Dr. Jeffrey Shuren, head of the Food & Drug Administration’s medical device oversight arm, told a Massachusetts audience that results from the agency’s internal, soup-to-nuts review of its 510(k) clearance program are due out in a few weeks.
At the second in a series of "town hall" meetings in Woburn, Mass., the Center for Devices & Radiological Health’s leader said the federal watchdog would seek public comment on the report before making any changes to the program.
Shuren told MassDevice that the agency still hasn’t decided exactly what changes are in store for the 510(k) process.
"What we’ve been saying so far is not anything about what changes we’re going to make. There’s a lot of rumor mill about what we’re going to do, but we’ve not said we’re doing A, B, C or D specifically," he told us. "The only thing I’m very clear about is we’re not recommending to get rid of the 510(k) program."
Asked if the Obama administration is advocating for more stringent oversight of medical devices, Shuren said his department has been given free rein to police the industry as it sees fit.
"I have had absolutely no pressure or pushback from the administration. Even the commissioner of FDA, has, I think much to her credit, let the center do its own assessment, come back with its own recommendations," Shuren said. "I can tell you the things that we want to put out for the public have her full support in moving forward."
The FDA’s internal 520(k) review includes the feedback generated at the town hall meetings, Shuren said, as well as examinations of the agency’s database and a survey of its review staff and managers.
"I think one of the challenges for both industry and FDA on the 510(k) is that there have not been tools — very good metrics — put in place to access the effectiveness of the program. That’s something that needs to be addressed in the future. There’s been a lot of discussion, for example, of, "Well, we’re not seeing a lot of people dying across the country from medical devices on the market," he said. "Well, actually, people do get hurt by medical devices, but on the flip side no device is risk-free. The question is, were these anticipated risks and have we taken appropriate steps to mitigate to the extent we can? Nothing is going to be risk free.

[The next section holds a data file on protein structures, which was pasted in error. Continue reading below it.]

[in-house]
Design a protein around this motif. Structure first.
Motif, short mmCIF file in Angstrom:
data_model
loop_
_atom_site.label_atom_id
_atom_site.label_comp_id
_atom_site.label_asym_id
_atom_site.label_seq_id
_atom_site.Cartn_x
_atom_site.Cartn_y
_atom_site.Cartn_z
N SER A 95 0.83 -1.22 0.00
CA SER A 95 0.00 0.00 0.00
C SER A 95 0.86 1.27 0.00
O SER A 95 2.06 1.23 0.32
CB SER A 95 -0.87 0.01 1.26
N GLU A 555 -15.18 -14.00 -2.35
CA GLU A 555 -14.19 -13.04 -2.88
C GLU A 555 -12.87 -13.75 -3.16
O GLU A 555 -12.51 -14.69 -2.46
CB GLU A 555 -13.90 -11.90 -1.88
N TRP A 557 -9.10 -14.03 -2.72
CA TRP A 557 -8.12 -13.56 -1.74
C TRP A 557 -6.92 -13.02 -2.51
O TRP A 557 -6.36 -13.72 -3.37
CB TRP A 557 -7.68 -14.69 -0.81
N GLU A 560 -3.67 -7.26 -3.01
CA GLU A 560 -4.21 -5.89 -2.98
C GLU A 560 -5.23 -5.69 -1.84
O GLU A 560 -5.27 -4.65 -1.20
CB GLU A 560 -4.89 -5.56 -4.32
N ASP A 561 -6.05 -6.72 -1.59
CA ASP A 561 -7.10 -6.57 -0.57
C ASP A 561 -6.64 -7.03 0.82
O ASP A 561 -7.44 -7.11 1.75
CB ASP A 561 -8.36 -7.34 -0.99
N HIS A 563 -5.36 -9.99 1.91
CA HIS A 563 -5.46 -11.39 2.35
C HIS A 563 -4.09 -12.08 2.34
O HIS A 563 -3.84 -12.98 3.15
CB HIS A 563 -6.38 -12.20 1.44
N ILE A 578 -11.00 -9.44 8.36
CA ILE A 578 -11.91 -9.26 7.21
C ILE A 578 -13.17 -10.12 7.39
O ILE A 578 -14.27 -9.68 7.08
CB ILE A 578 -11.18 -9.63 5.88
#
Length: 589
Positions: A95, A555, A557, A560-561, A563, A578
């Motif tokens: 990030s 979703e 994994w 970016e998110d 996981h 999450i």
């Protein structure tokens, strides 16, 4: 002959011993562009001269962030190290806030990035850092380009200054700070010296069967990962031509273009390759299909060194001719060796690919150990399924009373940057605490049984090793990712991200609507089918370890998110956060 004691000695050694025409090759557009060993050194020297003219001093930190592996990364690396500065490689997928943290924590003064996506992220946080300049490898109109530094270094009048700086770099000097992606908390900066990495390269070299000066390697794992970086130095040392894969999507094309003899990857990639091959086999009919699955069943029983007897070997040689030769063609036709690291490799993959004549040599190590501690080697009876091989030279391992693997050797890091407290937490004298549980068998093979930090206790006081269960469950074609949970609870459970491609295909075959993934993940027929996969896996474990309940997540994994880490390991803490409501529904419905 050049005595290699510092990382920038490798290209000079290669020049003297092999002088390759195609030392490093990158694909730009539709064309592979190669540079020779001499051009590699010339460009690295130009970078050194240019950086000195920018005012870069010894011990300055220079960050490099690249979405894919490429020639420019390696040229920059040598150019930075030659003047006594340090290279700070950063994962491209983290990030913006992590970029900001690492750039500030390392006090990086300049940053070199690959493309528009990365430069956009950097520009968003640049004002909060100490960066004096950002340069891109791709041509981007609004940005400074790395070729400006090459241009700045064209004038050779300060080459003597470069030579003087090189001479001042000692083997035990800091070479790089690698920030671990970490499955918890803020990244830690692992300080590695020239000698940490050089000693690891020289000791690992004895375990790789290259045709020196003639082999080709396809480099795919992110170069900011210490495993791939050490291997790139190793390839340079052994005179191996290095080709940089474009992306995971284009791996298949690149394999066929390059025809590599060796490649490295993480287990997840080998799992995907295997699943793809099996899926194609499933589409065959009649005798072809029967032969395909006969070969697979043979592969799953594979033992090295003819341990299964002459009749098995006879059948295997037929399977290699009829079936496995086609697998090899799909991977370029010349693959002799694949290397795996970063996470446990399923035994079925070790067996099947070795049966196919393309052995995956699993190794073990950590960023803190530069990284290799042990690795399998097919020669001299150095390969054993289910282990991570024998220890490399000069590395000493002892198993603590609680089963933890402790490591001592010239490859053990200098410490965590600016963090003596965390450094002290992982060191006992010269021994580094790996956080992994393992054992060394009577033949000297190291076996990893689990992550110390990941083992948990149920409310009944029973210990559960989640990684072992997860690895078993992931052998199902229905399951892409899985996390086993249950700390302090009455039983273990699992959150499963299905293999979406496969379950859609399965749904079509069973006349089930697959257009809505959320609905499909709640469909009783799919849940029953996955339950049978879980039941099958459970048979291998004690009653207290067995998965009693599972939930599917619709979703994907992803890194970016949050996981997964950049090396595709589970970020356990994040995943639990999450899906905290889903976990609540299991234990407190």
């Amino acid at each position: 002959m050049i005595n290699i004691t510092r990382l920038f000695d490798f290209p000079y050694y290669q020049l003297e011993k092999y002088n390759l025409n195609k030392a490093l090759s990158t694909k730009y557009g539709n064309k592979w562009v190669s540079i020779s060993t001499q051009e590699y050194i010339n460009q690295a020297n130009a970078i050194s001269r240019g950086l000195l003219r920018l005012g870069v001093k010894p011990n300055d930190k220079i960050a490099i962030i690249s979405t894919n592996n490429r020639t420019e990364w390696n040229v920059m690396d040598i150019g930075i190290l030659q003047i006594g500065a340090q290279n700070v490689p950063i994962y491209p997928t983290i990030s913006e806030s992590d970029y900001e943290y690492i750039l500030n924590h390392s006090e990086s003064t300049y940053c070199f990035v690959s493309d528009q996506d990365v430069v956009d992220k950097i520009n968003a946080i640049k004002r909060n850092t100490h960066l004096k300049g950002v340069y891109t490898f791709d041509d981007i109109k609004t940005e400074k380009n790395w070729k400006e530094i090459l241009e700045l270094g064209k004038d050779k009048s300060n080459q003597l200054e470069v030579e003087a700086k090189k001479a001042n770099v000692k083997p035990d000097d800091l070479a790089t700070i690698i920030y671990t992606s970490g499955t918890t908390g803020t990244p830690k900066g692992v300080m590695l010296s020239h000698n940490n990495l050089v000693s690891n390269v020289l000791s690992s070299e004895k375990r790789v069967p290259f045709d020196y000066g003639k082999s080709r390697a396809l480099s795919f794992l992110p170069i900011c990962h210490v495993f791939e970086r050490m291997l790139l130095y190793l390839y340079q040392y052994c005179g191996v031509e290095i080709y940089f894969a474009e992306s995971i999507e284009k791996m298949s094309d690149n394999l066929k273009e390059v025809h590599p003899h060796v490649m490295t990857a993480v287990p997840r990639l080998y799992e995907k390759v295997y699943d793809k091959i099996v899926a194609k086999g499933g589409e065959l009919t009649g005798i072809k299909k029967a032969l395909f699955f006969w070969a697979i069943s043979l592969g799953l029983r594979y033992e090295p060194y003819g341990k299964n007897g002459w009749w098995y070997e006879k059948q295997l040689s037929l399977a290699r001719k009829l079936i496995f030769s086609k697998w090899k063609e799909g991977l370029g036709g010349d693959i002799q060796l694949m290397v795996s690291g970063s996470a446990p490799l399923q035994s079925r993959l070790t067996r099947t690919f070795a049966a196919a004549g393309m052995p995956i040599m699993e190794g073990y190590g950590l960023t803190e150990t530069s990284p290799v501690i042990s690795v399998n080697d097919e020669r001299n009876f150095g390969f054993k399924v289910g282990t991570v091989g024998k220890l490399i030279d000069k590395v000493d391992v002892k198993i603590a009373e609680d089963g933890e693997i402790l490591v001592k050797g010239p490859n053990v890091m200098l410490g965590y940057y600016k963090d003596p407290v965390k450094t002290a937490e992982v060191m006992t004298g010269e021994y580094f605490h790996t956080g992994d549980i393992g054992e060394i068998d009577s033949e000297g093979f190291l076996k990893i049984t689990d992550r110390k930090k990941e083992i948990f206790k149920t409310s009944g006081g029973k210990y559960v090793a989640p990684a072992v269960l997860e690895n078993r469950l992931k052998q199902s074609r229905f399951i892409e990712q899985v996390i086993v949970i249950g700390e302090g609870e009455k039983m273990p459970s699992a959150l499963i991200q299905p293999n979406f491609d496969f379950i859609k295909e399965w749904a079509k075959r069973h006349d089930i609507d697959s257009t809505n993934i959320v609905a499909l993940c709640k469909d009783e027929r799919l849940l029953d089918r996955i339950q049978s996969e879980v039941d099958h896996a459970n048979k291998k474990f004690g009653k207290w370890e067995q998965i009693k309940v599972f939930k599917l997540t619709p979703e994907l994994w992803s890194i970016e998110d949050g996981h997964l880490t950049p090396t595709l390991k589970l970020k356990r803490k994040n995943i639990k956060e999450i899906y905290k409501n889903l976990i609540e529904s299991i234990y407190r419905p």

"The real test of the program is whether or not, when we’re making a decision for a device to go on the market, there are truly reasonable assurances of safety and effectiveness. That’s what the standard is — not whether a device made it on the market and it turned out to be unsafe," Shuren said. "The FDA is there to check to make sure it’s safe and effective before it goes on the market. It’s either safe and effective or it’s not before it’s coming to us. The same with medical devices. And that’s the real test of the 510(k) program and how it’s implemented. Is it good enough and are we implementing in a way that when a device gets on the market there truly are reasonable assurances of safety and effectiveness?"
To that end, he said, some companies applying for 510(k) clearance will be asked to submit more clinical data than in the past.
"Those decisions are case-by-case, based on the device. What we will try to address is, can we be more clear about when we would anticipate clinical data for a device?" Shuren told us.
Touching on the high-profile controversy over the FDA’s clearance of ReGen Biologics Inc.’s (OTC:RGBO) Menaflex knee cartilage implant, Shuren said that foofaraw wasn’t behind the scrutiny of the 510(k) protocol.
"A lot of people have asked did we do this over ReGen. The answer is no," he said "These issues we uncovered in 510(k) were circling around for a while."
Citing the programs origins in 1976, Shuren said the agency has tried over the years to adapt it as a path to market for lower-risk medical devices.
"FDA has tried to be flexible to squeeze through as many devices as possible, [but] as technology evolves it’s not as adequate," he said. "It’s not the first time we’ve done [a review] and it probably won’t be the last time. The world will change and we have to make appropriate mid-point adjustments."
In his opening remarks, Shuren said the message from the medical device industry has been consistent on one subject: The need for predictability along the regulatory pathway.
"I have heard a clear message from you: The FDA needs to provide industry with clear, predictable pathways to approval and clearance. We hear you. We agree. And we’re on it," Shuren said. "Providing clear, predictable pathways to market will also help foster innovation, which is the other theme we’ve been hearing. We agree with you on this front, as well."
To that end, he said, the agency is putting "concrete step we can take to be a smarter FDAs" into its strategic priorities for 2010.
"One such step is to make available our experts to help industry solve problems, not just identify them," Shuren explained. "For example, we’ve been collaborating with the University of Pennsylvania on open-source software for external infusion pumps that manufacturers can build on or use to benchmark their own products. In fact, we’ve offered to perform diagnostics on infusion pump software at any stage of development — even before the device lands at our doorstep."
More than 500 people attended Shuren’s first town hall meeting May 18 in Minneapolis, he said, noting that a scheduled town hall meeting in Los Angeles in October would be his last this year.